About the being married part. You want the tax benefits of being married without the penalties. You failed to mention whether the one who doesn't get to itemize will forfeit the $4700 single standard deduction??? I thought not!! AHH the best of both worlds. Unlike anything a married couple can get away with.

cjbb



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No, No,


I'm really not trying to argue with you per se, perhaps just the position of our govenment (which probably explains why I am a libertarian).

I also just got of the phone with an IRS technical agent during my lunch. According to him, the person who's social security number is on the 1098 (and there will be only one) can take the entire deduction if its decided to do it that way. If you decide to split the deduction, the person who's SS number isn't on the 1098, will need to reference the return of the persons who's number is, in order to substantiate the deduction they are claiming. Since there is only 1 social security number to cross reference, only that persons return is subject to scrutiny. If they decide not to take the deduction, that is up to them.



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Hi ShadoRydr:

I'm really not trying to argue with you per se, perhaps just the position of our govenment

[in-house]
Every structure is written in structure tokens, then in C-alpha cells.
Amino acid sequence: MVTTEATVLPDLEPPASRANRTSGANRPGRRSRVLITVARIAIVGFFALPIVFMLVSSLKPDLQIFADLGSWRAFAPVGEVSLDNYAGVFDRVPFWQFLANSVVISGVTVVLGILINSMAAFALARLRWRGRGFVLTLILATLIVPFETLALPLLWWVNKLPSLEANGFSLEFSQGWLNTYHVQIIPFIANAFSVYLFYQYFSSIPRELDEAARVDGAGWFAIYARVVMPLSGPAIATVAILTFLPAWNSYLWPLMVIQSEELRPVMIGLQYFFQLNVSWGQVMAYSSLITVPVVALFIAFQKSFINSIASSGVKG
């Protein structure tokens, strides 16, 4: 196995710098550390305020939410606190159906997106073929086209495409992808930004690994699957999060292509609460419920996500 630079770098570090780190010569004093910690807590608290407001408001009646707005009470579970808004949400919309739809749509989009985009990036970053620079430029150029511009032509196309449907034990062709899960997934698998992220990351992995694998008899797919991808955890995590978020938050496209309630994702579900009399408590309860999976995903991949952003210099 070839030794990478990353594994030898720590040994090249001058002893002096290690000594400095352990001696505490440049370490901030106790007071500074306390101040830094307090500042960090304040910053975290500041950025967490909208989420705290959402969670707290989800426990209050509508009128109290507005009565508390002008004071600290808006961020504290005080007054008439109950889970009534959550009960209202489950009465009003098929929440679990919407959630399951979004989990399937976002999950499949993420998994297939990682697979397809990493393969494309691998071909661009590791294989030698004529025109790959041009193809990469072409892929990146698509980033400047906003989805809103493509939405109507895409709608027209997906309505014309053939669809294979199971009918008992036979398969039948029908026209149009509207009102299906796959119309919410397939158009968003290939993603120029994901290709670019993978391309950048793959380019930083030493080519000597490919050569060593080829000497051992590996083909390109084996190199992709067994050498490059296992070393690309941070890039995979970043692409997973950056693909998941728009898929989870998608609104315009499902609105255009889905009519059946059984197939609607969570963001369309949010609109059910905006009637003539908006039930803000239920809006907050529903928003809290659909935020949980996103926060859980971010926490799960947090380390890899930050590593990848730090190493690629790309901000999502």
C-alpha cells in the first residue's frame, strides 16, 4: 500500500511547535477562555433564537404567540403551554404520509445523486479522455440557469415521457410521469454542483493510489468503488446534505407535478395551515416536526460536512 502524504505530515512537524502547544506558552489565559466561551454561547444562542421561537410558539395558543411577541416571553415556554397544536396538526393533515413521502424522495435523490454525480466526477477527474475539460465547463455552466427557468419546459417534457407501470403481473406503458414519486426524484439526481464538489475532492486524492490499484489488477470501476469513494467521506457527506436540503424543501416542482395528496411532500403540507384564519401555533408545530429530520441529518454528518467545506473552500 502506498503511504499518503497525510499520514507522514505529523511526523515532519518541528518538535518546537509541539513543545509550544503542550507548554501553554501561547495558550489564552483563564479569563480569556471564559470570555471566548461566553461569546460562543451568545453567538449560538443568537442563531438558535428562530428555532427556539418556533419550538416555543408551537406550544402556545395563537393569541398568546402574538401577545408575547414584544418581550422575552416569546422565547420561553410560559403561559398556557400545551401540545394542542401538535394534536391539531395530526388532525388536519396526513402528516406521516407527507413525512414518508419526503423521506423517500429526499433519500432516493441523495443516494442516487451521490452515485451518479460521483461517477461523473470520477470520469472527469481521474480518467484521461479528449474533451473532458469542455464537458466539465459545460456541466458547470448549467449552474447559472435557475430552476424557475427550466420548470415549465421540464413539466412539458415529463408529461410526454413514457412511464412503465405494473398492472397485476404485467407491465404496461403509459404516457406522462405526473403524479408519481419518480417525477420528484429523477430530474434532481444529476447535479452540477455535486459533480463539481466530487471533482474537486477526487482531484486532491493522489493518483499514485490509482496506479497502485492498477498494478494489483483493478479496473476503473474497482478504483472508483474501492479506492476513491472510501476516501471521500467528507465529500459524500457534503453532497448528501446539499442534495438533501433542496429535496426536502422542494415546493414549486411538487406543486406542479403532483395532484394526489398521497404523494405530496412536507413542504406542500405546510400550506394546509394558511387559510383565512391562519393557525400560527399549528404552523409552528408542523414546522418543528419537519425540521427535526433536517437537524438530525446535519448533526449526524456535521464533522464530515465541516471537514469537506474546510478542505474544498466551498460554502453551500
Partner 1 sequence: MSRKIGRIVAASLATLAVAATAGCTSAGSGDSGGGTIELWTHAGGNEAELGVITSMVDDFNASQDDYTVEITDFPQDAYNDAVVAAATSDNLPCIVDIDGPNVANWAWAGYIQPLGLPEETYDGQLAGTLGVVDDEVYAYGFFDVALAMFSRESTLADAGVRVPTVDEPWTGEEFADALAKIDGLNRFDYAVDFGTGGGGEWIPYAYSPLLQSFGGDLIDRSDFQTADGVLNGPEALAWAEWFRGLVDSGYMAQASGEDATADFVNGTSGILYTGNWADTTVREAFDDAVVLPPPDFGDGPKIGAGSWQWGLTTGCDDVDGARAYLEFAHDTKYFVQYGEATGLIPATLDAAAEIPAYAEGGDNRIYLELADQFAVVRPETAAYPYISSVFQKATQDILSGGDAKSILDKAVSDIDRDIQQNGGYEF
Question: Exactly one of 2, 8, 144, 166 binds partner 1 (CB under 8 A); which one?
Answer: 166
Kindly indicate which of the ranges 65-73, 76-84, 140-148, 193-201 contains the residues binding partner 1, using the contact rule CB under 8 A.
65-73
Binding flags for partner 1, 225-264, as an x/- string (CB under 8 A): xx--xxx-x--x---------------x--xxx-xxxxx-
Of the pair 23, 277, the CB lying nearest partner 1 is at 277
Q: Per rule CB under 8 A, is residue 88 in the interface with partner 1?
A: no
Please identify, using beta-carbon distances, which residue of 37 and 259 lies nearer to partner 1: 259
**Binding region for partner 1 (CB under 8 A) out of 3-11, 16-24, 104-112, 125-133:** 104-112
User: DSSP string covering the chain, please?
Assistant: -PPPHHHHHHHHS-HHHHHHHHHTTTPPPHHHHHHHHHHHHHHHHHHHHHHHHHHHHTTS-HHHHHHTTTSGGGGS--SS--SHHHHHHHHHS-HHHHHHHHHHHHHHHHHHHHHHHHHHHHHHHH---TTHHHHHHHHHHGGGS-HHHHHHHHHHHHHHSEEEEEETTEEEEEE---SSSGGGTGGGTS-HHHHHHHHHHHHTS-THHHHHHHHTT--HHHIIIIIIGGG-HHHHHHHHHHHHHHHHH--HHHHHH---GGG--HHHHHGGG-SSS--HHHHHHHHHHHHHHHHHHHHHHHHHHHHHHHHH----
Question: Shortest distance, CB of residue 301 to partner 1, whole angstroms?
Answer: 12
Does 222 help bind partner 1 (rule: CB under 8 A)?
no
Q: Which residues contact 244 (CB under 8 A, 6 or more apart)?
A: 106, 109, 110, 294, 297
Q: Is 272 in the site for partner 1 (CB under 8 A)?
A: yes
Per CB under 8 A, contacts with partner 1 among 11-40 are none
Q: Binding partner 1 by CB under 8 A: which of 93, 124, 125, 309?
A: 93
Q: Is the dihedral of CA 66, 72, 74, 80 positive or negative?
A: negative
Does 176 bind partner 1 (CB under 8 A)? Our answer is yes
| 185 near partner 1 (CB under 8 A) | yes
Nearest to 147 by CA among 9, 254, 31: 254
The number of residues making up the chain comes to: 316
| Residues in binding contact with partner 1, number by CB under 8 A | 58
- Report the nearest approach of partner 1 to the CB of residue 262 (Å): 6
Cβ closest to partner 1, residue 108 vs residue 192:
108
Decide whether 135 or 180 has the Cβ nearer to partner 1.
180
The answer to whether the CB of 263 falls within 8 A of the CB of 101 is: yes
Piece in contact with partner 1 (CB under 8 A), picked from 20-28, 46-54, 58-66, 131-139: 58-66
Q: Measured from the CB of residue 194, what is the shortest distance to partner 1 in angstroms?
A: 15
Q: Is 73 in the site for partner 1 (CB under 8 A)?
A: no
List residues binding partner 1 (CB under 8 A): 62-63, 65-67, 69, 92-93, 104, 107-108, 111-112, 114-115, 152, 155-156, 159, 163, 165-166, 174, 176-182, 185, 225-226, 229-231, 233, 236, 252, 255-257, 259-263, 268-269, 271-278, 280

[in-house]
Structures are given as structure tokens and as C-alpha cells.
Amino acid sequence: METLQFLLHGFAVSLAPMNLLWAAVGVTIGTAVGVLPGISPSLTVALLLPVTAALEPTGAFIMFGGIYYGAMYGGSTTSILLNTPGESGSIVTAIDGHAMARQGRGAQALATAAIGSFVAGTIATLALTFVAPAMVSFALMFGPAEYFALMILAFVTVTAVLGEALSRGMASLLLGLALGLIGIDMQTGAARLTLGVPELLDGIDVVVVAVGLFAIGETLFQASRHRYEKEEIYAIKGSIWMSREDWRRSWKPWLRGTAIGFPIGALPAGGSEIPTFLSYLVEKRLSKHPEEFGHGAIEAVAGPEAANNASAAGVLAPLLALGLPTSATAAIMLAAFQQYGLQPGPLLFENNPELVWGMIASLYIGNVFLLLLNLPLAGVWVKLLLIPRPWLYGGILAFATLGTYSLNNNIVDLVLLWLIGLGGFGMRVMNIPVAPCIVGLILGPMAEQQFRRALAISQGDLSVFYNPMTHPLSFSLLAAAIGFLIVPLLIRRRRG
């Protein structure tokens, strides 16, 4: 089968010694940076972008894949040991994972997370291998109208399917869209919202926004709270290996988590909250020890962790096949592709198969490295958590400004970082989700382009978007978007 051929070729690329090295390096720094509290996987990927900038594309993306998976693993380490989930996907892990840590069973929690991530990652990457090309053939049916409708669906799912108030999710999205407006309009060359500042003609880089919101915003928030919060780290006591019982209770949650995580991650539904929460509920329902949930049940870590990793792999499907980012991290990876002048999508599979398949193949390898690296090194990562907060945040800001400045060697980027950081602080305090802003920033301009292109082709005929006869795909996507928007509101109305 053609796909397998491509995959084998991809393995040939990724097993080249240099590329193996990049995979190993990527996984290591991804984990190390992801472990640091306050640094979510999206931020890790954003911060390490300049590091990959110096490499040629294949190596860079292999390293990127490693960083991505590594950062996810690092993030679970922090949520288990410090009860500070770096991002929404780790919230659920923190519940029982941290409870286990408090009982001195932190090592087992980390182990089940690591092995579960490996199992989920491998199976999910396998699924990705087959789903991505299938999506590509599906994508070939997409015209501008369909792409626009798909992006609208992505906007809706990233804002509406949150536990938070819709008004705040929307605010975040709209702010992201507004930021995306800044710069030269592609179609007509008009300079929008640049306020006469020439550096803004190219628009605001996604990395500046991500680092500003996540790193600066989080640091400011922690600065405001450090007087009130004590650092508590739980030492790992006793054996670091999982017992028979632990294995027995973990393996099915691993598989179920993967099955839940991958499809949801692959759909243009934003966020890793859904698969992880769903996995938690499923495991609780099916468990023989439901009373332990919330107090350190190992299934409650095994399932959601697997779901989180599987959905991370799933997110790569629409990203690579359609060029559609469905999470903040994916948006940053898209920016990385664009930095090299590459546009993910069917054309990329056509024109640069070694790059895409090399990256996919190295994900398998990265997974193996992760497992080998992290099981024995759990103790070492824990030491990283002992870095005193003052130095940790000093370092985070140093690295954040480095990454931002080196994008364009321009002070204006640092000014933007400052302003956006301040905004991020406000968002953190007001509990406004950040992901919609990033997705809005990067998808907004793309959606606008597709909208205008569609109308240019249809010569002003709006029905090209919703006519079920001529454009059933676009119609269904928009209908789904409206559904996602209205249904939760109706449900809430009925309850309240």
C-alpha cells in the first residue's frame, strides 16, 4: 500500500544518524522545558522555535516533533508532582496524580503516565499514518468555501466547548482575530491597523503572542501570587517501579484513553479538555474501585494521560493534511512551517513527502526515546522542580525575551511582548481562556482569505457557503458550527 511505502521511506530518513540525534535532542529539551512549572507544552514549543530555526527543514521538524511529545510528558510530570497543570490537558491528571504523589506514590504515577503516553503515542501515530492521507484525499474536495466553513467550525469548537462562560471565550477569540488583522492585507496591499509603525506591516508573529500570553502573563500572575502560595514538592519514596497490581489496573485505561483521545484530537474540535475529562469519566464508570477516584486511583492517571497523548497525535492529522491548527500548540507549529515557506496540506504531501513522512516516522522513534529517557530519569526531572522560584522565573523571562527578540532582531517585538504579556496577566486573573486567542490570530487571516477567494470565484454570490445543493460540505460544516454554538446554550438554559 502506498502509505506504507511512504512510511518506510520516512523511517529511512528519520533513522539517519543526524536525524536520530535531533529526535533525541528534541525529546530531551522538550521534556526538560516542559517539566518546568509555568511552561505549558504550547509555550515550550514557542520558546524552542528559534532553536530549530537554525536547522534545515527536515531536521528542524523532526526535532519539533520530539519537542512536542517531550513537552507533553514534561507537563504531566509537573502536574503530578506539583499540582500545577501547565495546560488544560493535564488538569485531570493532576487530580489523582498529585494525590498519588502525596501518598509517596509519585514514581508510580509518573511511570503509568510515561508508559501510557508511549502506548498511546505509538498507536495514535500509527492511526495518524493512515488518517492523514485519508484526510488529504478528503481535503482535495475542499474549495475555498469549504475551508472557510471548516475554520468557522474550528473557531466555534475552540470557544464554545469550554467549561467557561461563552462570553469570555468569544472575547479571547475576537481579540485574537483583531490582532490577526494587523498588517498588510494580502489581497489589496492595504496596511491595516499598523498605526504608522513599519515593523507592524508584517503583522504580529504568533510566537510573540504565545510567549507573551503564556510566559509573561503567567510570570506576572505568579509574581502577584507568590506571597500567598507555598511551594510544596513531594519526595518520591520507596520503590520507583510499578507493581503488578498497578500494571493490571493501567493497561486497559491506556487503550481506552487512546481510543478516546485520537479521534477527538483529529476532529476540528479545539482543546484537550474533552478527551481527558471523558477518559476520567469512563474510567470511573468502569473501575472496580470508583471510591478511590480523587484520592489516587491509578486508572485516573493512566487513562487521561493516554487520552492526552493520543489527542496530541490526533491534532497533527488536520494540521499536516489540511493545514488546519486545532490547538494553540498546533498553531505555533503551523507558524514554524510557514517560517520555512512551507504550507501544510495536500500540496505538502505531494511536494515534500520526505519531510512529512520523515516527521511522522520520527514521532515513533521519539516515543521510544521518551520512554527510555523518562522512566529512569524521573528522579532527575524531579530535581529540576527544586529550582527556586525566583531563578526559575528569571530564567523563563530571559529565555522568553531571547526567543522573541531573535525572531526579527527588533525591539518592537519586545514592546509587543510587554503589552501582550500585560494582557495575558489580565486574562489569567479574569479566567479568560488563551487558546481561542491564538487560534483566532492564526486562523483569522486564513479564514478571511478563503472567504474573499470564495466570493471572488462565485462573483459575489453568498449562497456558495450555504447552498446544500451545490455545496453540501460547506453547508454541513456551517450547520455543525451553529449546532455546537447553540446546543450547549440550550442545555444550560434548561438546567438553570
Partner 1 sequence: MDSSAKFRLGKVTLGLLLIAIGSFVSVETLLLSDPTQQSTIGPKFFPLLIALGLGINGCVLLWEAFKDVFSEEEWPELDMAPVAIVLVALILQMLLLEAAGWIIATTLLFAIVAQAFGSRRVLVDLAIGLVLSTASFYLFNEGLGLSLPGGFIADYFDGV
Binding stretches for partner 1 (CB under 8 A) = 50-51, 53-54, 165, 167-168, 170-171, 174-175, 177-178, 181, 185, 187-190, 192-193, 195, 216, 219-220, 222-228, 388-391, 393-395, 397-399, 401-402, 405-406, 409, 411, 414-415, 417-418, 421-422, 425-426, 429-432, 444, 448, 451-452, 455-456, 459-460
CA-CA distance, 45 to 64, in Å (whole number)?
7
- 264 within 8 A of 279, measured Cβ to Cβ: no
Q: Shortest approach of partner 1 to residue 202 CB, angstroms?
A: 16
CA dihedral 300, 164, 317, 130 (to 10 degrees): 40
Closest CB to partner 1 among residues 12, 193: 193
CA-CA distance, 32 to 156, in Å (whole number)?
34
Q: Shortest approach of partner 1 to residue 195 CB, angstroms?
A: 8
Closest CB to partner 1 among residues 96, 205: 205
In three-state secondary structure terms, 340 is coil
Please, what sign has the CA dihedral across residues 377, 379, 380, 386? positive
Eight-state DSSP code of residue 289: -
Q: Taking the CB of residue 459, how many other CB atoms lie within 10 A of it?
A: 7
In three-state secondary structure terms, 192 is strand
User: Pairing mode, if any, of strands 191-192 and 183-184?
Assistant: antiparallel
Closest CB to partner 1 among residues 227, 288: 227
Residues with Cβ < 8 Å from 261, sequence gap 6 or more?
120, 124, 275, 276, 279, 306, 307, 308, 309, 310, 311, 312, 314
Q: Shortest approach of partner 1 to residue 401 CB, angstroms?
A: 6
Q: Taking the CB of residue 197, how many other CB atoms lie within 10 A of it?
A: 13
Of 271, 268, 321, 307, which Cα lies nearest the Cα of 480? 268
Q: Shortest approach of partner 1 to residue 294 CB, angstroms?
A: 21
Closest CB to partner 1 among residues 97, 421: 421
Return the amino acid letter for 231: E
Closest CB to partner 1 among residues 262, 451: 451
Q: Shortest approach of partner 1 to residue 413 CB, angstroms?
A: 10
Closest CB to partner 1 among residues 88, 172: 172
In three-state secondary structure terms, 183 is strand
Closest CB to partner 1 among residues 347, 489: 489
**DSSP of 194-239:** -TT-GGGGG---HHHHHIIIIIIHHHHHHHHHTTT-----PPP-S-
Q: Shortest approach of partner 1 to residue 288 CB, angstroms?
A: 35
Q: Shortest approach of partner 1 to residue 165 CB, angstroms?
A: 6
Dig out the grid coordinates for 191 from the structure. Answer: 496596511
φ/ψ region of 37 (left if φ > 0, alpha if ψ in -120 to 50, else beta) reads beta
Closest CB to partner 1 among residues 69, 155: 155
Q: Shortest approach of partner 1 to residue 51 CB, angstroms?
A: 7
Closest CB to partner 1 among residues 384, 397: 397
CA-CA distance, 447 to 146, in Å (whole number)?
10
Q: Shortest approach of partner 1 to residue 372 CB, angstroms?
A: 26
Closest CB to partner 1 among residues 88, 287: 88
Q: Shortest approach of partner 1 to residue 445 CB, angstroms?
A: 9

Nor am I trying to argue with you. I am just stating the way the law is written whether or not it makes sense to you. It does make some sense in that (for example) say my brother does not have enough deductions to itemize but makes sizable charitable contributions. I decide that even though I did not PAY for those contributions it isn't fair that they are "wasted" so I will take them. We have the same last name and I even have the letter that says Dear Mr. X thank you for your contribution so I have documentation!! Will I get caught? Maybe not. Is it legal? NO

I also just got of the phone with an IRS technical agent during my lunch. According to him, the person who's social security number is on the 1098 (and there will be only one) can take the entire deduction if its decided to do it that way. If you decide to split the deduction, the person who's SS number isn't on the 1098, will need to reference the return of the persons who's number is, in order to substantiate the deduction they are claiming. Since there is only 1 social security number to cross reference, only that persons return is subject to scrutiny. If they decide not to take the deduction, that is up to them.

If your question is "will I get caught if my SSN is on the 1098 and I take the full deduction even though I cannot prove that I (alone) made all of the interest and tax payments?" then your arguments are correct and the likelihood of that being the trigger for an audit or that you will be caught as in the above example is extremely low.

But, if the question is as the Original Poster asked "is it legal?" then the answer as Phil stated previously is "NO". And if you were to be subject to a full random audit and could not prove you made the payments (in all likelihood) the deduction would be split between those that did the actual paying.

Deciding not to take a deduction you are entitled to is the taxpayers business, but deciding to take a deduction you are not entitled to is something totally different.

cjbb
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Well, it looks like both my wife's name and her brother is on the mort int. 1098. However we write the check for the mortgage every month so we'll probably still take all the deduction depending on the advantages over splitting it.